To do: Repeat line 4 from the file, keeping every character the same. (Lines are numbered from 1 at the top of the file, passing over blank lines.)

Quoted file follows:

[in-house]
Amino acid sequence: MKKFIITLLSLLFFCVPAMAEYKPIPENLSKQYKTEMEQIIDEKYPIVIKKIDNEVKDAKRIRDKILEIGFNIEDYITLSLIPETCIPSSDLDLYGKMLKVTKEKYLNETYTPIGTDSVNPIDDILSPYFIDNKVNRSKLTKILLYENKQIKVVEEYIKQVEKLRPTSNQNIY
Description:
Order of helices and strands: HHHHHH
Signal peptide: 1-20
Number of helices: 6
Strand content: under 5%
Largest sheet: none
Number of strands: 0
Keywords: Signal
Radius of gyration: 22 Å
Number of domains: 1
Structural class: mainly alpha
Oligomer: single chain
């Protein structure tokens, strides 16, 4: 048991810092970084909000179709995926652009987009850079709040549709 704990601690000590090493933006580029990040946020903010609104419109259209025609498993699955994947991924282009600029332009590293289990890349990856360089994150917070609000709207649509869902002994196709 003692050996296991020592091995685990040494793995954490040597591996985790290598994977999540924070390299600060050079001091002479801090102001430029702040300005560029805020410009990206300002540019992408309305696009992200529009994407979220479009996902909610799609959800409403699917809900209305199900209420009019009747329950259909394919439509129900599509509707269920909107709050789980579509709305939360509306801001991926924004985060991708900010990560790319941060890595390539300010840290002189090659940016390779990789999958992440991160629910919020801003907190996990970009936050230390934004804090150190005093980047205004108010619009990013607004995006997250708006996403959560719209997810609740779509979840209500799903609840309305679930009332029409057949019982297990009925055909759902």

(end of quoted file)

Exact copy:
Order of helices and strands: HHHHHH